Responding to public and regulatory scrutiny of accountability and corporate performance, business executives at leading banks are emphasizing sound management practices to restore trust. Compliance deadlines have mobilized all sectors in the banking industry toward a comprehensive framework of controls, transparency and professional discipline stemming from Basel II and other financial, accounting and privacy regulations around the world.
Risk Management Will Influence Business Decisions
This year, financial services institutions (FSIs) are investing an estimated $51 billion globally in IT solutions for risk and compliance. However, TowerGroup finds that 30 percent of these IT investments may be considered wasteful. Given their tactical compliance purpose, many risk and compliance solutions are duplicated over multiple functional silos or are applied to inefficient legacy technology systems. IT inefficiencies also result in manual business operations that involve exception processing, workarounds, reconcilements, day-to-day losses and adjustments.
Consequently, a pervasive "multiplier effect" augments these IT inefficiencies by overburdening the surrounding business processes, and FSIs are finding ways to save big on an estimated $71 billion in operational expenses. Much of this large expense base has been buried in the economic capital reserves that bank executives must set aside to conduct business. Basel II introduces a convergent framework of risk management and controls that will encourage banks to invest wisely in IT and improve the efficiency of their business operations. Banks that adopt effective enterprise risk management platforms will reap business benefits that go well beyond regulatory compliance.
Most bank CEOs consider lagging efficiency ratios a top concern. As banks look for structural transformations to improve efficiency, Basel II adds one more reason to introduce deeper changes: The financial performance of diverse lines of business and products will be determined by their level of risk. A risk-weighted analysis of business performance will prompt banks to focus on core competencies and restructure or divest those activities that burden their convergent regulatory and economic capital reserves. In the increasingly interconnected universe of financial services, creditworthy customers are likely to balk at paying a premium for bank inefficiencies. These lower-risk customers may stray from long-standing banking relationships and shop around for more competitive products and services. With a holistic combination of credit, market and operational risk factors, the adoption of Basel II performance measurements will advance specialization and efficiency in the banking business.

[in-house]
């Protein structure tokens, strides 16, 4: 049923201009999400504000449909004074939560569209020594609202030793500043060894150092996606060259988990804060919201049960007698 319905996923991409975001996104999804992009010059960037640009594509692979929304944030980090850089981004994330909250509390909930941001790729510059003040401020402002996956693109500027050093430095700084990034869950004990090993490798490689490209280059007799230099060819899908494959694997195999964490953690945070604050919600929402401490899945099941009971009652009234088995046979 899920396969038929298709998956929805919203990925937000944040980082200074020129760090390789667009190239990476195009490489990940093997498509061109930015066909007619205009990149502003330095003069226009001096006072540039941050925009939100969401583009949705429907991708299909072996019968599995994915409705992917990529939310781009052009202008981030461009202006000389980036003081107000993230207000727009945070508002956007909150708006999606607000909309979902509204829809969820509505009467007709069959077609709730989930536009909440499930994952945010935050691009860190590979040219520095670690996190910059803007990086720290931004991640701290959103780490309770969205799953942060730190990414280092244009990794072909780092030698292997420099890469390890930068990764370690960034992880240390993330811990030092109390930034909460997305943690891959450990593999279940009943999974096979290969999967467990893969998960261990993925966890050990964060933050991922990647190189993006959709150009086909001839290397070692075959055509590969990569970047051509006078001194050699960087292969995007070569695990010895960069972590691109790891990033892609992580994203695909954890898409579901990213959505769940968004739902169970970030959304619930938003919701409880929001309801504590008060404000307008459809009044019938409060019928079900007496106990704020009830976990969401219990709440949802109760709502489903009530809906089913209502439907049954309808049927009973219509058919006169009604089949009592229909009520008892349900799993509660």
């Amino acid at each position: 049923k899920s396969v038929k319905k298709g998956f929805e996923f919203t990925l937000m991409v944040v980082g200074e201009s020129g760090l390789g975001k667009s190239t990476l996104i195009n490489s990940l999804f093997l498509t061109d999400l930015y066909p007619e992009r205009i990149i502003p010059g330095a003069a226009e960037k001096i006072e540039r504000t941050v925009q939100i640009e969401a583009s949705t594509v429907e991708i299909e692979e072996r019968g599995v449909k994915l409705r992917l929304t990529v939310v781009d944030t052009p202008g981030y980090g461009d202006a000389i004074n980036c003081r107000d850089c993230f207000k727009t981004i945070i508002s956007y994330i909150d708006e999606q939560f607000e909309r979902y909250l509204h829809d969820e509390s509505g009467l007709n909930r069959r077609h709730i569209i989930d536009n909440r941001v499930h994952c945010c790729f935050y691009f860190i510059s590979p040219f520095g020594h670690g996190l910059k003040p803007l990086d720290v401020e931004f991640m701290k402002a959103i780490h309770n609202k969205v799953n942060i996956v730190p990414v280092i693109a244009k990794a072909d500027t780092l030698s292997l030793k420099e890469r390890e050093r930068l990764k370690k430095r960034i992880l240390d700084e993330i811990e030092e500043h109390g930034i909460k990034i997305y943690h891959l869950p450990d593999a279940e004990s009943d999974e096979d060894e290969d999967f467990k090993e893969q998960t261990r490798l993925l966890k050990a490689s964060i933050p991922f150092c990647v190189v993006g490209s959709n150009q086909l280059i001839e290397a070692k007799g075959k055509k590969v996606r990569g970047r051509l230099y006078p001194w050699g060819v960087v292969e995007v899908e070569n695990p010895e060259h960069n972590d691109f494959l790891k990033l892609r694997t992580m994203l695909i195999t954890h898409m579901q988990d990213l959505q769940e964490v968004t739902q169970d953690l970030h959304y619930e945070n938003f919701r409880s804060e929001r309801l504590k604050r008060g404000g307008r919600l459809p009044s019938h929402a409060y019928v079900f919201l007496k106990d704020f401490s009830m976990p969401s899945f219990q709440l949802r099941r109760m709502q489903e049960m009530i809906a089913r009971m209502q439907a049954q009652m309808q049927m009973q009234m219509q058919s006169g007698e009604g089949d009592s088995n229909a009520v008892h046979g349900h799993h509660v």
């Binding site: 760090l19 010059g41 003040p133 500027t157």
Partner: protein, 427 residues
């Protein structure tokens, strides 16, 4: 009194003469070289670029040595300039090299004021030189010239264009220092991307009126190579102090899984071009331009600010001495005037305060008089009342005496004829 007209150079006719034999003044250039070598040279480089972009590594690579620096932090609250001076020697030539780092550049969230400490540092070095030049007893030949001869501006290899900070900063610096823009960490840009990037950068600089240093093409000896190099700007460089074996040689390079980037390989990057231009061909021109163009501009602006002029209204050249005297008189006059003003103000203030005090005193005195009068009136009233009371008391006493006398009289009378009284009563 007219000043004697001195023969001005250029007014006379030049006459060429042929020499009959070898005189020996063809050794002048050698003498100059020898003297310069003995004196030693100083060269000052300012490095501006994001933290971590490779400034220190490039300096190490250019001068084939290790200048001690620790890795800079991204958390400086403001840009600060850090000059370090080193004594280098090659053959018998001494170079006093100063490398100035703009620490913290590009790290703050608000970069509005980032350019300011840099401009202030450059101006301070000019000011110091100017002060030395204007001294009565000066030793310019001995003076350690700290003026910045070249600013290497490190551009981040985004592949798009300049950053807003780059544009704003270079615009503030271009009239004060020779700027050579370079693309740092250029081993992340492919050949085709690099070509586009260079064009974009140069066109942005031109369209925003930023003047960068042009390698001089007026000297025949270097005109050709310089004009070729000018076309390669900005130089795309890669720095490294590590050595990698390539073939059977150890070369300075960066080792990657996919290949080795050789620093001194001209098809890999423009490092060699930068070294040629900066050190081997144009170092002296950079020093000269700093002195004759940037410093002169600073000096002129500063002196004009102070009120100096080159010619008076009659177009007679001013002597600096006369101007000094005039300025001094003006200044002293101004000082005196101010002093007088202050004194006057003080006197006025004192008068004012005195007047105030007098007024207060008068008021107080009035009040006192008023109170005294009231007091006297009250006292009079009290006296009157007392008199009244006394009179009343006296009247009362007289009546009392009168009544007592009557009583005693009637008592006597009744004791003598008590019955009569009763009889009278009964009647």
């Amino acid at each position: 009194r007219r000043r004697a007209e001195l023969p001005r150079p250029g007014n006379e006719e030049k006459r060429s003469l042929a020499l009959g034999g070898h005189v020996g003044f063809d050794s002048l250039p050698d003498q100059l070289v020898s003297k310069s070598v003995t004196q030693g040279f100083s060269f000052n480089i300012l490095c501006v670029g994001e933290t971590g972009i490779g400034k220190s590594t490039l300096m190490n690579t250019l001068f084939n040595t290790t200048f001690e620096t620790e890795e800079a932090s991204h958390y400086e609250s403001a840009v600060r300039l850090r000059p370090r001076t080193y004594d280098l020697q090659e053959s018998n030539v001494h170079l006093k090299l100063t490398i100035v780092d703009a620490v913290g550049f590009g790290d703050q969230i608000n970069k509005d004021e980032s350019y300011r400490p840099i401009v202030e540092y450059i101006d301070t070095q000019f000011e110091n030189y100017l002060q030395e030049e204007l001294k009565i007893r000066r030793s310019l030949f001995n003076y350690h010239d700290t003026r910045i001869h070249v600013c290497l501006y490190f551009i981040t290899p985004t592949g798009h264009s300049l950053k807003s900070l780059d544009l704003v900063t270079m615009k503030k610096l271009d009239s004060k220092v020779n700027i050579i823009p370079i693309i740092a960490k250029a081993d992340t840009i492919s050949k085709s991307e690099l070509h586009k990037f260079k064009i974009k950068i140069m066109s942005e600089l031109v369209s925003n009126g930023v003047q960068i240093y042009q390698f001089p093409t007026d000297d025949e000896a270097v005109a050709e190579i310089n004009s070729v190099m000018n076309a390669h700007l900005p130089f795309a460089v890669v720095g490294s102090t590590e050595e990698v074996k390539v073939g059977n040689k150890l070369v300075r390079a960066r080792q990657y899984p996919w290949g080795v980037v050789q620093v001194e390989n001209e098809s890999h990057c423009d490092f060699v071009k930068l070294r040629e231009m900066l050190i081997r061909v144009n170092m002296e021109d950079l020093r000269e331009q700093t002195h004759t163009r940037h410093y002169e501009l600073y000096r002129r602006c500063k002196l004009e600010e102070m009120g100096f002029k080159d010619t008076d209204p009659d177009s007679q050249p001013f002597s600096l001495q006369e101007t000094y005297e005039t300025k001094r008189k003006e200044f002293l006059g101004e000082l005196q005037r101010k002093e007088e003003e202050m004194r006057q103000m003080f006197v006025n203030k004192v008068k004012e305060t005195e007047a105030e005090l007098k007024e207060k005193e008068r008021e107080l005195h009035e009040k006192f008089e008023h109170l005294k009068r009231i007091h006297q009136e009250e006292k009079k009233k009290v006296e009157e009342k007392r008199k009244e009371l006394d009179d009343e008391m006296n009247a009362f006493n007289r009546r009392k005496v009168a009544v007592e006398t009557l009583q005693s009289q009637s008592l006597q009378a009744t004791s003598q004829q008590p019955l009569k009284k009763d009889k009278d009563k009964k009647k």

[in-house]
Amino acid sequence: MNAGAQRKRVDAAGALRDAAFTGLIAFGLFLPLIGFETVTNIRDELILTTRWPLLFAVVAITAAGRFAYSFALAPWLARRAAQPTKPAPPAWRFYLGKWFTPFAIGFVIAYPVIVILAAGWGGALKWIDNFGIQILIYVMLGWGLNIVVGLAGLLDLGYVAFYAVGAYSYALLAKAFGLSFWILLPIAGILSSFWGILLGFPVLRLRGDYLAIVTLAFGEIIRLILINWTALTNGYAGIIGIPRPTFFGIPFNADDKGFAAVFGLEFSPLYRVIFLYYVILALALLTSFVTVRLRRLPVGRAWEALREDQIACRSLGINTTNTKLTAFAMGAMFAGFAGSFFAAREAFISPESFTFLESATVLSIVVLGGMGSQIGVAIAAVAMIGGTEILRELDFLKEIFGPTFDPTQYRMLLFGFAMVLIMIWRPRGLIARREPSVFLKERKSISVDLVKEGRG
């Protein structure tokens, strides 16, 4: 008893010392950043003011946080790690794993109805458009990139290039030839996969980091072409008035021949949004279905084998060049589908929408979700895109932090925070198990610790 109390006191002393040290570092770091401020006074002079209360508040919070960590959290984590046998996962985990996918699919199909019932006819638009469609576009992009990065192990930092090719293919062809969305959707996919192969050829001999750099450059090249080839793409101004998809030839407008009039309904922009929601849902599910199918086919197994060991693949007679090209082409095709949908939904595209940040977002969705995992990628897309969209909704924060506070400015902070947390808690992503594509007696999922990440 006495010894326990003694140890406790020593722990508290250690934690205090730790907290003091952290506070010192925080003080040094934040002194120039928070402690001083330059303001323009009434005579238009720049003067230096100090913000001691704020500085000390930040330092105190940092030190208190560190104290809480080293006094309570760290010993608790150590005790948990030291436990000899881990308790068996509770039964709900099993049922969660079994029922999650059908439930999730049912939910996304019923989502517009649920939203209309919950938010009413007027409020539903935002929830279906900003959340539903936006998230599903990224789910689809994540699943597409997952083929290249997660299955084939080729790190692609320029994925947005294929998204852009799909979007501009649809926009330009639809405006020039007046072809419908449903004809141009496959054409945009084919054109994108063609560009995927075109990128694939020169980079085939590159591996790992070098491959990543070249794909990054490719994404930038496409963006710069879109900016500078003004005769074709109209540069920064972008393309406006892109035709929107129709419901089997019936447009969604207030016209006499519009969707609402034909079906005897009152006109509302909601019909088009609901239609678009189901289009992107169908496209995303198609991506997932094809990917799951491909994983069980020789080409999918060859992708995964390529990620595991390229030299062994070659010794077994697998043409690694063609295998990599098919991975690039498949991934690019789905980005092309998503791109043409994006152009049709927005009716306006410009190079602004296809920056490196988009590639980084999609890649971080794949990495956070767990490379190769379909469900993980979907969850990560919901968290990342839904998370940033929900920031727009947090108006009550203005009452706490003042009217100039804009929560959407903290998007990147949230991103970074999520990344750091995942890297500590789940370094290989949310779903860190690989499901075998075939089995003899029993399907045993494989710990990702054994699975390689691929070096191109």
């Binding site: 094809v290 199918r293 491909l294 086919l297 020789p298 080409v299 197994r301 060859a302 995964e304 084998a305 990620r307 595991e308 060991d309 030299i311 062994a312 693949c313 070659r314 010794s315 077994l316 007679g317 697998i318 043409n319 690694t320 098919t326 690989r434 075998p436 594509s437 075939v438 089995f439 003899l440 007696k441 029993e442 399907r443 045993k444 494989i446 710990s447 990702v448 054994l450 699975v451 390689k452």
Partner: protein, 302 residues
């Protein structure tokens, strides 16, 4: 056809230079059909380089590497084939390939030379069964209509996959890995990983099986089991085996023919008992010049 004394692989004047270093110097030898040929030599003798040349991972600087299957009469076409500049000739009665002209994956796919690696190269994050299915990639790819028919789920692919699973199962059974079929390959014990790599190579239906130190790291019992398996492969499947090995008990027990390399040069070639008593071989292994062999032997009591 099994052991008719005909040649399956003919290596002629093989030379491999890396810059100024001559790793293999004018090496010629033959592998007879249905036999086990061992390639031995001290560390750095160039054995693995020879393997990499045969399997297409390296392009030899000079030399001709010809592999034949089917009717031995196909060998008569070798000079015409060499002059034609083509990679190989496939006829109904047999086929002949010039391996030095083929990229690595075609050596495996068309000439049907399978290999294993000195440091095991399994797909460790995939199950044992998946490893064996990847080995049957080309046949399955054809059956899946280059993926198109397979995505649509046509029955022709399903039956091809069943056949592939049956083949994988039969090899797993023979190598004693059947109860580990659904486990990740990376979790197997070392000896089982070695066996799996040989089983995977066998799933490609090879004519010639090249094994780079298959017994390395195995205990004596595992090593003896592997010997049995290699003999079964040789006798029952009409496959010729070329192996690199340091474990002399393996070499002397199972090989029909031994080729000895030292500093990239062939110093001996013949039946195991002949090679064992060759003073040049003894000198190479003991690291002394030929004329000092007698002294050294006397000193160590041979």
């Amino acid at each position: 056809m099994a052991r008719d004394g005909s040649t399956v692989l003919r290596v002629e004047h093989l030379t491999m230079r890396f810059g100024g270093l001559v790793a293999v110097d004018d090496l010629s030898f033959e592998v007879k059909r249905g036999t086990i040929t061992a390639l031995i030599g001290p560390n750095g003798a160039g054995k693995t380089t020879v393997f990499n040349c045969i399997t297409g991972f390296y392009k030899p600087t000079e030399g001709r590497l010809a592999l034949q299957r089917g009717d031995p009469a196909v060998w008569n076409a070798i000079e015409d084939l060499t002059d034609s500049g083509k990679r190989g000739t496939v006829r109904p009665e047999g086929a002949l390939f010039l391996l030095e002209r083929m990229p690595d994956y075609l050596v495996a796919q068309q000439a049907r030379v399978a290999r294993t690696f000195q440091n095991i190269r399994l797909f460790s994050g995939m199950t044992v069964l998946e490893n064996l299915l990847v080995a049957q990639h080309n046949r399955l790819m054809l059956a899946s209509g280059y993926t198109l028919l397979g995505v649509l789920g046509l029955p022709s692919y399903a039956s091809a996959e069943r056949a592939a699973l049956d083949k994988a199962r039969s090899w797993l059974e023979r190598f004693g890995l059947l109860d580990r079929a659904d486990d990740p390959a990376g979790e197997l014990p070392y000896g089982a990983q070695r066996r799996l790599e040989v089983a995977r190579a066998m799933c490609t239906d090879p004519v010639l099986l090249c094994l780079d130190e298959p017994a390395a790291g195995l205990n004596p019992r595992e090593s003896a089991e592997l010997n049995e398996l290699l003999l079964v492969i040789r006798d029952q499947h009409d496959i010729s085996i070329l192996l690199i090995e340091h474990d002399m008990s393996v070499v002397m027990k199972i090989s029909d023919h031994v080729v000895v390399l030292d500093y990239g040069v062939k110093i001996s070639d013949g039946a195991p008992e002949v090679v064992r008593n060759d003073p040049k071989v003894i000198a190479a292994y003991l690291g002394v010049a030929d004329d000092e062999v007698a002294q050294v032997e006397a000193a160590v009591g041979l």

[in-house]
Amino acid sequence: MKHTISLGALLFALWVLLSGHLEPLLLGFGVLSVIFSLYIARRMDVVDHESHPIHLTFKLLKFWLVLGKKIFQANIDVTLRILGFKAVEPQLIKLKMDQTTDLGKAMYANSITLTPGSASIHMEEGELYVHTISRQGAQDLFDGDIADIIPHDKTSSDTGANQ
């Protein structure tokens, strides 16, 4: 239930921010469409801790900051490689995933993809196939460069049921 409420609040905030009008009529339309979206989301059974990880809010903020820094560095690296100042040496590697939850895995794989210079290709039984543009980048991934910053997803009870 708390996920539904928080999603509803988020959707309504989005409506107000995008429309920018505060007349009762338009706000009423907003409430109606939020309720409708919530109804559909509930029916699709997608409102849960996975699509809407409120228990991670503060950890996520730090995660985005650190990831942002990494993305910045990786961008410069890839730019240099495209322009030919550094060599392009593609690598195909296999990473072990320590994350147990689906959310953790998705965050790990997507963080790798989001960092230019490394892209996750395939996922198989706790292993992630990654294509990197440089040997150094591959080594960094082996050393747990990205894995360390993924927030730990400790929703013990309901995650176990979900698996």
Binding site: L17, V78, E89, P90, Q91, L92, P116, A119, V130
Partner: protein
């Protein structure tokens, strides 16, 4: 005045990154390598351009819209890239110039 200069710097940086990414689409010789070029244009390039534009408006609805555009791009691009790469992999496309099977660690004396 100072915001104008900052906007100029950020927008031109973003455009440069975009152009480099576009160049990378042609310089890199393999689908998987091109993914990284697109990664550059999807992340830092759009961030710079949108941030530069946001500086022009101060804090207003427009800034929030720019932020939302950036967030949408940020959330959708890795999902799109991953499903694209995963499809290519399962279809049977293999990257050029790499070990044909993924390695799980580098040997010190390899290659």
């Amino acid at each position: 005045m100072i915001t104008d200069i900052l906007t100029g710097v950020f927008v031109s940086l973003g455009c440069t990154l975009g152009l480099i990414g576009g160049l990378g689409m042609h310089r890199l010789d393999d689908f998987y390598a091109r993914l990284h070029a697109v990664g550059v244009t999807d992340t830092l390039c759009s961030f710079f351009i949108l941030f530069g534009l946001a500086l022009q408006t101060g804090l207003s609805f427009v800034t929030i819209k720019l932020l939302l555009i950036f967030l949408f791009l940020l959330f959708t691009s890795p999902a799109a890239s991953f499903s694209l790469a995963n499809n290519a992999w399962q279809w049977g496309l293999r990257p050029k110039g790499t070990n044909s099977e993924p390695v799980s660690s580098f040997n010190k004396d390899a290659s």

Banking Needs a Model Automation Framework
Capital reserves, supervision and market discipline are Basel II's three risk management pillars. A cohesive technology platform building on these pillars will prove instrumental in integrating the risk and compliance needs across the enterprise. By adopting integrated IT solutions, banks may attain more business agility through:
- Introducing transparent business performance indicators that factor in a holistic risk profile
- Implementing effective controls that reduce credit and operational losses
- Simplifying business processes that improve efficiency ratios
It Is Time to Automate!
The industry is now at the implementation phase of Basel II. Few banks have the perspective and resources to experiment and establish their own enterprise risk management models that include this new field of operational risk. Notwithstanding their attention to business continuity and reputational risk matters, most banks have still to inscribe operational risk procedures in the broader picture of business management and operational efficiency. Not only may banks improve their operational efficiency by streamlining business processes, but they also can tap important benefits in operational resilience, responsiveness and flexibility to innovate. By adopting automation models for integrated business and risk management, proactive banks may derive significant returns from a concerted enterprise approach.
These integrated automation models typically include the following components:
- Straight-through origination processes that simplify and accelerate the credit process
- Business process management tools that boost operational flexibility and business ownership
- Dynamic limits and real-time controls that reduce credit and operational losses
- Streamlined business processes that improve efficiency ratios
- Modular core systems that integrate with enterprise risk and compliance utilities
- Holistic data models and integration that map all transactions and risk types
- A knowledge base with standard definitions and risk indicators that set performance baselines
- Comprehensive business performance dashboards and enterprise reporting functions
- Loss databases that capture in full detail various transaction types and risk events
- Business rules engines that interact with risk analytics and automate exception handling
Guillermo Kopp is vice president, financial services strategies and IT investments, at TowerGroup (Needham, Mass.).